In the past we’ve said how much we enjoy StumbleUpon. It’s a great way to find new sites, and it’s a definitely a great way to pass the time by when you’re bored or have a few minutes to spare. We’ve even used it to find new tips and sites to share here on CyberNet. It has always worked like a charm, so we’ve never really put much thought into how it works. Recently VentureBeat got in touch with the co-founder of StumbleUpon who then explained all about how StumbleUpon works and it’s actually pretty interesting. If you want the complete scoop, definitely checkout the VentureBeat article, otherwise we’ll be summing it up and throwing in a few tidbits of info we found on the StumbleUpon site for those of you who want the quick version.
So how is it that StumbleUpon works? There are three main “engines” that keep StumbleUpon running:
- Classification Engine
- Clustering Engine
- Recommendation engine
Each of these engines work together to provide users with a “channel-surfing” experience on the web that, as they say, “automates the word-of-mouth” referral of peer-approved websites and simplifies web navigation.”
Below is an image that SU put together which shows how the process works (click to enlarge):
When somebody gives a thumbs-up to a page for the first time, the engines get to work. It’s sent to both the Classification Engine and then the Clustering Engine. The Classification Engine either looks at the tags and the topic that the submitter chose for the page or if that information wasn’t provided, the engine will decide how the page should be classified. The Clustering Engine is working hard too by keeping a watchful eye on on which sites are getting votes so that they know which sites are quality and should have more traffic sent their way. The Recommendation Engine is important too because this is what keeps track of the specific topics that interest users, socially endorsed pages, and peer endorsed pages.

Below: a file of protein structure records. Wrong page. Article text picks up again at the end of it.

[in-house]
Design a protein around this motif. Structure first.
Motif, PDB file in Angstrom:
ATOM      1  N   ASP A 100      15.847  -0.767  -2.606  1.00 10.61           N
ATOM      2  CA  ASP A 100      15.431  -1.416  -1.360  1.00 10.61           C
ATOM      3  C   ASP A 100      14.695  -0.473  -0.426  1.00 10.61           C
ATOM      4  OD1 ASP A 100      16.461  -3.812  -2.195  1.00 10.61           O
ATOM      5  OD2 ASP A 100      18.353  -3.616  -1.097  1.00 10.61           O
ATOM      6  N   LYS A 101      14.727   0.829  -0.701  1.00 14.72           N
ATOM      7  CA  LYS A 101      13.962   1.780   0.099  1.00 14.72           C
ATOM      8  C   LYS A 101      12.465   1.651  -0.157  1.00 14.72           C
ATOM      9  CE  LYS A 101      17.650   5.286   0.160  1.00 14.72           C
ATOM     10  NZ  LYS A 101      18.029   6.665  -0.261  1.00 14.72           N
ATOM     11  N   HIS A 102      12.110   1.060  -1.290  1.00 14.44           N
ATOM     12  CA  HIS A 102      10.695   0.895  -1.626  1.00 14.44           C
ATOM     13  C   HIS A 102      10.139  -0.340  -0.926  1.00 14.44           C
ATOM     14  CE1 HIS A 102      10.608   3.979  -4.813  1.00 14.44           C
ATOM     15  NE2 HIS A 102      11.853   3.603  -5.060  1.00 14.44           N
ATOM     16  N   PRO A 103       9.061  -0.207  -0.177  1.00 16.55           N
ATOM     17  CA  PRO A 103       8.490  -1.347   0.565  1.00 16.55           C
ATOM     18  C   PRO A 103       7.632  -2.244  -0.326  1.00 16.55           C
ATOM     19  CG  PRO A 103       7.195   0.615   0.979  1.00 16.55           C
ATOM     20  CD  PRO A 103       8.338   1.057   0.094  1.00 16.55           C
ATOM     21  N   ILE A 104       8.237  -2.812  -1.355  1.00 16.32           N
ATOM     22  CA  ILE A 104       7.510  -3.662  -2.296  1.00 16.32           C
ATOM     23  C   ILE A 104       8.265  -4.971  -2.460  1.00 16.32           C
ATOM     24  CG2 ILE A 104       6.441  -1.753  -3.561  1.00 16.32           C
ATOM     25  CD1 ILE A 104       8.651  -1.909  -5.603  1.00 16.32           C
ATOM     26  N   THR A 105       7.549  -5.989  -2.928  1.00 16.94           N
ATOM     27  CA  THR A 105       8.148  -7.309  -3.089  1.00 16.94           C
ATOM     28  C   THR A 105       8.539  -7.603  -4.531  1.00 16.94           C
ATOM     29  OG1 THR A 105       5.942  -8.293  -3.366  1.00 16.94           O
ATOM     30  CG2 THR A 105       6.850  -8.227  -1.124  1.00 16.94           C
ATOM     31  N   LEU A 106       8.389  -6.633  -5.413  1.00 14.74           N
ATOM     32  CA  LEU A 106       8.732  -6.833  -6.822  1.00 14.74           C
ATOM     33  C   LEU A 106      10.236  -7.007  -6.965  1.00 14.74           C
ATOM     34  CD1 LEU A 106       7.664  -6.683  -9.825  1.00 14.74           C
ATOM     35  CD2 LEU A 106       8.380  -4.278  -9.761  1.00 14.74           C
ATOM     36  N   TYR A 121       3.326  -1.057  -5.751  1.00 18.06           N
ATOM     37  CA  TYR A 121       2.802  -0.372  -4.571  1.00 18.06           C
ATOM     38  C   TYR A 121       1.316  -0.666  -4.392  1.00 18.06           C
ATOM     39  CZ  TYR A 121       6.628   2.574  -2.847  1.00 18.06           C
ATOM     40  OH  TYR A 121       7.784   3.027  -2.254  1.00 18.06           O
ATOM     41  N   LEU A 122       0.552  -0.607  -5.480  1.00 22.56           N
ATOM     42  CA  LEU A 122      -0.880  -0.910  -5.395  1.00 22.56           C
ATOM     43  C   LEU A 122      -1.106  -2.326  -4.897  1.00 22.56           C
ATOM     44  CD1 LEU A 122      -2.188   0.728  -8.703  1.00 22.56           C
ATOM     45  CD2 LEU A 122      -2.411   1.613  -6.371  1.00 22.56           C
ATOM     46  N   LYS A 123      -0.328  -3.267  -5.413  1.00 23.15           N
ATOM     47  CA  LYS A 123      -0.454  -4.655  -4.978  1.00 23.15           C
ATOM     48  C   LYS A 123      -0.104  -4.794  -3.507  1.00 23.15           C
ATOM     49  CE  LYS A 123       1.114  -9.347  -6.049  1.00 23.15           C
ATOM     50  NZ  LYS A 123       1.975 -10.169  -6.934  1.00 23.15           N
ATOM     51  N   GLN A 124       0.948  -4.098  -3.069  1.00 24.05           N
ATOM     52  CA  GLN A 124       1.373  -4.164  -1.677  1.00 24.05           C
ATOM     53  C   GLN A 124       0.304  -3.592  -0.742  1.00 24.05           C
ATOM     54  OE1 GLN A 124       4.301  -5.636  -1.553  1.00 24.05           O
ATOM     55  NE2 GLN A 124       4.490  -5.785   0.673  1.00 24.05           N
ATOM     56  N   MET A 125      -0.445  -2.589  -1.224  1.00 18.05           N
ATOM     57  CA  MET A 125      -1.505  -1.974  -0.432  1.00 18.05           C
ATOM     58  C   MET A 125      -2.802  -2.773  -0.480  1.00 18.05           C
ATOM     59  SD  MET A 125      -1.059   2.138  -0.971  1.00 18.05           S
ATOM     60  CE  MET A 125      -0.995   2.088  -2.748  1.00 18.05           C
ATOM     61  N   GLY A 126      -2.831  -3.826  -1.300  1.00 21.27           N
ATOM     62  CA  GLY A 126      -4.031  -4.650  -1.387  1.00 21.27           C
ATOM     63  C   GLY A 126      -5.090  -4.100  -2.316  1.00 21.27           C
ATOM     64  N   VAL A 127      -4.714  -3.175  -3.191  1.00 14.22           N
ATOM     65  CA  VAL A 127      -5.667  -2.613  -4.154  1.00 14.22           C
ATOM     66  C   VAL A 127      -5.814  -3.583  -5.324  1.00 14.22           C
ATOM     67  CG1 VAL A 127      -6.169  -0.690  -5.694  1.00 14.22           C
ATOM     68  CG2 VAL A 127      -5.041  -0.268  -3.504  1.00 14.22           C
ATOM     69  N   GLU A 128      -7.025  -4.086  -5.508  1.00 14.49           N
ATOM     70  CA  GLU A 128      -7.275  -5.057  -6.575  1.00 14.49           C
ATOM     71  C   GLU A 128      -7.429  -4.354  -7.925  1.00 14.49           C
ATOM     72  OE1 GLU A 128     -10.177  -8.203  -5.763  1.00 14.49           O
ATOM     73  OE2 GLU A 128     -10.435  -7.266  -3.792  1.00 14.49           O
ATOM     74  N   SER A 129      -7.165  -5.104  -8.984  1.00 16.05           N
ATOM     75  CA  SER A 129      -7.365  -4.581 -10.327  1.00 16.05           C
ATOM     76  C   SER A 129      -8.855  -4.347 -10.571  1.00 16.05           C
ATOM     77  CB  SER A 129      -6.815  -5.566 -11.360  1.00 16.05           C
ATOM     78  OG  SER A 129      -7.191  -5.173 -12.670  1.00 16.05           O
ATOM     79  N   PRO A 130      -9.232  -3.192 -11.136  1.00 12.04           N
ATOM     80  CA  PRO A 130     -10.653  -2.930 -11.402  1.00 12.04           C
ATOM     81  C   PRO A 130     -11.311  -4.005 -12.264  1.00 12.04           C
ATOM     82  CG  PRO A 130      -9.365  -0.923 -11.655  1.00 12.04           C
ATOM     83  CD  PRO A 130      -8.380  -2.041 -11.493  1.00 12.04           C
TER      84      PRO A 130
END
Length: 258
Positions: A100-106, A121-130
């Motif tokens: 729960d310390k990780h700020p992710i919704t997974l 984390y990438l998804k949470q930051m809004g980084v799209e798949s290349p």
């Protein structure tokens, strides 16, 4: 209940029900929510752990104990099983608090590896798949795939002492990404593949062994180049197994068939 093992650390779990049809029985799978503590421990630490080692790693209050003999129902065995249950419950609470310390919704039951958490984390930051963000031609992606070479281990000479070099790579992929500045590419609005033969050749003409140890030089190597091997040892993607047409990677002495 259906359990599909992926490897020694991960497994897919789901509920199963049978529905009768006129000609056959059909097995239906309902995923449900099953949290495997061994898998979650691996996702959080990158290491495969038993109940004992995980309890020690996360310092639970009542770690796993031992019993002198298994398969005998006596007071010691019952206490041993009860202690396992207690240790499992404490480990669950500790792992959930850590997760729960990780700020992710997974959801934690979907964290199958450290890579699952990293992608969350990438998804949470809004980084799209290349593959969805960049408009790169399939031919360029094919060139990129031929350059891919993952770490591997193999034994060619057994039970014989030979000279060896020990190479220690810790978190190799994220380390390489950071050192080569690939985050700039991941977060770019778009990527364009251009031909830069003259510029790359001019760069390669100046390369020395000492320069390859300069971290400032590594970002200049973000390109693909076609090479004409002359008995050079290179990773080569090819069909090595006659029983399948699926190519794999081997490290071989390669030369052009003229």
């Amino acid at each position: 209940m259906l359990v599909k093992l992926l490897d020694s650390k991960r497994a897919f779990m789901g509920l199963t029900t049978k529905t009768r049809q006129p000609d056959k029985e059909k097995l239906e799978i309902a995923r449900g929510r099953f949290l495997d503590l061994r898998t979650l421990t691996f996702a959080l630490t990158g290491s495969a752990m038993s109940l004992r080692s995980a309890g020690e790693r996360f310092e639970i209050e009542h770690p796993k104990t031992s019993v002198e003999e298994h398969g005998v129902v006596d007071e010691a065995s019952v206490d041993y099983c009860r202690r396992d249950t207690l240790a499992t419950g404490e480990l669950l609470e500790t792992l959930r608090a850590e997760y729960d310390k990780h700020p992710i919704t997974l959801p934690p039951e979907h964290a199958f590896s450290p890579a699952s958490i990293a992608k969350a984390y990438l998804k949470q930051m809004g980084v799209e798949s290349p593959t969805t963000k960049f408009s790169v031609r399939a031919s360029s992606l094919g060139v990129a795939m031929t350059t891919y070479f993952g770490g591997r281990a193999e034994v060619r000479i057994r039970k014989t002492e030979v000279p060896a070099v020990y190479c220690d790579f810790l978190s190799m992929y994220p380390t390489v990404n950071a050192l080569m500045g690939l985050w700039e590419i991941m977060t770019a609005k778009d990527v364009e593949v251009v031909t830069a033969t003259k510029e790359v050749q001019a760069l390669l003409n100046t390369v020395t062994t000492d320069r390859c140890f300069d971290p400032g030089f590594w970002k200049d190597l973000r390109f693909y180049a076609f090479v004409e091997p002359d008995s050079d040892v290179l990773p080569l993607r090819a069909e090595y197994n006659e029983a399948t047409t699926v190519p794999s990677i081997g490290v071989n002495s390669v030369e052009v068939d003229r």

Between the three engines, the process of collecting and sharing information with millions of people is automated and then allows for new content discovery.
Any StumbleUpon fans out there?